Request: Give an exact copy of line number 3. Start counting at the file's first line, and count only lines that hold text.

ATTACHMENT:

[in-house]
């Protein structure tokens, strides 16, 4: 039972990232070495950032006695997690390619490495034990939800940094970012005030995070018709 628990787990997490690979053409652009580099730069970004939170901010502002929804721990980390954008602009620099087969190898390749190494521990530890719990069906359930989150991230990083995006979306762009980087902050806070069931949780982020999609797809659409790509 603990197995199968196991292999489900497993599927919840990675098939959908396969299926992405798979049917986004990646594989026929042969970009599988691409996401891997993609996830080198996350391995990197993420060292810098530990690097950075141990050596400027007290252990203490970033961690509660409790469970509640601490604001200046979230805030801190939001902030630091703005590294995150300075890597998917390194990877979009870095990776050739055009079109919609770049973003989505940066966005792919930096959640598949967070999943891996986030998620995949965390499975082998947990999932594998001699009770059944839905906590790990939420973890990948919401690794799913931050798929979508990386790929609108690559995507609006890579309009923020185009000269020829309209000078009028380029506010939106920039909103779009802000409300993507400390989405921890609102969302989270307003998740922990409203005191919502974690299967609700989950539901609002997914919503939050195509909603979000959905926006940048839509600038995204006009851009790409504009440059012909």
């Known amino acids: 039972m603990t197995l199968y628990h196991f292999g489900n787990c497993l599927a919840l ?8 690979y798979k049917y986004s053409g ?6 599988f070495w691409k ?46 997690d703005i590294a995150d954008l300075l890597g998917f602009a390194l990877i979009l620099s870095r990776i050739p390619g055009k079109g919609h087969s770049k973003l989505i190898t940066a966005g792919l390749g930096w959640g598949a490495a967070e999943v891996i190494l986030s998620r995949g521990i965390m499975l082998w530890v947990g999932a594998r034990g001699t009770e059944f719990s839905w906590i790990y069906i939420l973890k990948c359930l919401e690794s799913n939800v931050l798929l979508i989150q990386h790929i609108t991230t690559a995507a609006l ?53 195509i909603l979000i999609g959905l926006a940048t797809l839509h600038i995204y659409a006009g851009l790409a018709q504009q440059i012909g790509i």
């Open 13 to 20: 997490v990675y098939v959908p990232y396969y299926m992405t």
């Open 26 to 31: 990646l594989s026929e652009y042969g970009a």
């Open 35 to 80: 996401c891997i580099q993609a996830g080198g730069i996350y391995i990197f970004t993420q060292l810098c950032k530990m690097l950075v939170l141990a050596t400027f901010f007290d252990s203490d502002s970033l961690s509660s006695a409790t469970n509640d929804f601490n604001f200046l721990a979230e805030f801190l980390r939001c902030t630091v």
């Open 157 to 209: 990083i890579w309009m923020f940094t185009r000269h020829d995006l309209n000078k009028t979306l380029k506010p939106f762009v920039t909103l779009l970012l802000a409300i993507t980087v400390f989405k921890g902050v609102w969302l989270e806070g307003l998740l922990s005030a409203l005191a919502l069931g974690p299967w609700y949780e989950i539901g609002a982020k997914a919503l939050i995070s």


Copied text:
């Known amino acids: 039972m603990t197995l199968y628990h196991f292999g489900n787990c497993l599927a919840l ?8 690979y798979k049917y986004s053409g ?6 599988f070495w691409k ?46 997690d703005i590294a995150d954008l300075l890597g998917f602009a390194l990877i979009l620099s870095r990776i050739p390619g055009k079109g919609h087969s770049k973003l989505i190898t940066a966005g792919l390749g930096w959640g598949a490495a967070e999943v891996i190494l986030s998620r995949g521990i965390m499975l082998w530890v947990g999932a594998r034990g001699t009770e059944f719990s839905w906590i790990y069906i939420l973890k990948c359930l919401e690794s799913n939800v931050l798929l979508i989150q990386h790929i609108t991230t690559a995507a609006l ?53 195509i909603l979000i999609g959905l926006a940048t797809l839509h600038i995204y659409a006009g851009l790409a018709q504009q440059i012909g790509i």